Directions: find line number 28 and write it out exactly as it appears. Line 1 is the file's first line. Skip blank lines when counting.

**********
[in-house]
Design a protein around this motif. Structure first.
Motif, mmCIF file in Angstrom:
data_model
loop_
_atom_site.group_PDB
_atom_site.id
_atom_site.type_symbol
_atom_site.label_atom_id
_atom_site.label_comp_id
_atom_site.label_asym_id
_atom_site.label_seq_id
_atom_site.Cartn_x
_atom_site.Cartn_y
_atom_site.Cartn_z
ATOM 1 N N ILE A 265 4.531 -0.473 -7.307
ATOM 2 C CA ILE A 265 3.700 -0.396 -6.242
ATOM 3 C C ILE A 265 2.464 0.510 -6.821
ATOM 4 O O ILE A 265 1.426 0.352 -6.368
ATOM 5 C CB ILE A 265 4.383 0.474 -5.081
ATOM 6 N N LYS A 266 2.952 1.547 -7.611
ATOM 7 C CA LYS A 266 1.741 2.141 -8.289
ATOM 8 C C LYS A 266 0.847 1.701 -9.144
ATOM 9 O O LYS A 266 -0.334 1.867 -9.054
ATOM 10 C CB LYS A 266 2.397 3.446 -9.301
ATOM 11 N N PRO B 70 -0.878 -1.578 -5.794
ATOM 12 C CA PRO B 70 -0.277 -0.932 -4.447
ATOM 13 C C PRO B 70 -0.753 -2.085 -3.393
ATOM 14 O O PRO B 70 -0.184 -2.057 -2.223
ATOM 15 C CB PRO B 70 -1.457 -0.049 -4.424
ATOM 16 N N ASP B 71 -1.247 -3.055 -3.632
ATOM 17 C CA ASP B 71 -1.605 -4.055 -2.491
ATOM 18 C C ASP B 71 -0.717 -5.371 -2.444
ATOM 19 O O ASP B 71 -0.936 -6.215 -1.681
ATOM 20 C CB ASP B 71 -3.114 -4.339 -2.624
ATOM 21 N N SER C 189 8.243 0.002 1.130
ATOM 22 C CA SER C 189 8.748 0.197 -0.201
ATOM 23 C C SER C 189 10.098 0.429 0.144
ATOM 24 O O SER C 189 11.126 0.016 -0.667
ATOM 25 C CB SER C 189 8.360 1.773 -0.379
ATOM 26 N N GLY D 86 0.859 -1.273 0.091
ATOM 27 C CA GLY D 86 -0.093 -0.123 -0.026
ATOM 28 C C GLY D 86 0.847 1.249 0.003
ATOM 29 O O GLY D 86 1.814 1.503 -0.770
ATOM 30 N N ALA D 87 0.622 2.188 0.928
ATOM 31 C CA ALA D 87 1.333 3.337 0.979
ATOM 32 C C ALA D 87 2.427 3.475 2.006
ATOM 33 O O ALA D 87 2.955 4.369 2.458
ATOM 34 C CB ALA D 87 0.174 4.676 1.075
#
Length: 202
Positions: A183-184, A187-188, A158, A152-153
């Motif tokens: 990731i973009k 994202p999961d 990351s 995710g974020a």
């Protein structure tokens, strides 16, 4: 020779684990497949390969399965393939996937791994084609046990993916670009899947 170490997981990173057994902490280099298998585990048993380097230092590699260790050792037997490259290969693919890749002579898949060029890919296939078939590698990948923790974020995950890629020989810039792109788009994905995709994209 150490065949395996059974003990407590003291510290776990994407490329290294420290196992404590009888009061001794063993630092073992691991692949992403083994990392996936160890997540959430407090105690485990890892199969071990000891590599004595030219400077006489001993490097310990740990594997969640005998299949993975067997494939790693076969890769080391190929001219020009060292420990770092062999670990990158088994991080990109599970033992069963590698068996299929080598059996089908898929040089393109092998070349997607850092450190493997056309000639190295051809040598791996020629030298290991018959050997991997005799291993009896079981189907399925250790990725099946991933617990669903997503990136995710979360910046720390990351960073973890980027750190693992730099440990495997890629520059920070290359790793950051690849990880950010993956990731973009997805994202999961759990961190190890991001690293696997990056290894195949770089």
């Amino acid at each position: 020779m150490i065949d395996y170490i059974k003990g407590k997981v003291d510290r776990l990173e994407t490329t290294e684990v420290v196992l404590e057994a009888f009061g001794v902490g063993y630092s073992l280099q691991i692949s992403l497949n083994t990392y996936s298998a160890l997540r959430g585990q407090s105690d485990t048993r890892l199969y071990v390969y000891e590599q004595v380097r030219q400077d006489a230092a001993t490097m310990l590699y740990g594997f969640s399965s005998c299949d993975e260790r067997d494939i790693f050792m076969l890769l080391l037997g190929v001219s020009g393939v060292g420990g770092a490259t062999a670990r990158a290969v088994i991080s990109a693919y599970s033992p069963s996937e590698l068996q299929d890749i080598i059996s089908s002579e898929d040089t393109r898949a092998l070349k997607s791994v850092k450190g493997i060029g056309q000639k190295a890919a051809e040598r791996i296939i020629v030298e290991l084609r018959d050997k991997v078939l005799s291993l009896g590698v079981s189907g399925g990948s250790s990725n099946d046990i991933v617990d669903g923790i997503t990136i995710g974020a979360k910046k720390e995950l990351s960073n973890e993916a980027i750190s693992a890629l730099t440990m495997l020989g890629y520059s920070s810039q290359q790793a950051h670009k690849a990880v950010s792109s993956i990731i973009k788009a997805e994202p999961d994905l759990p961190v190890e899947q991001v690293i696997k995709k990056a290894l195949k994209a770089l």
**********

ATOM 13 C C PRO B 70 -0.753 -2.085 -3.393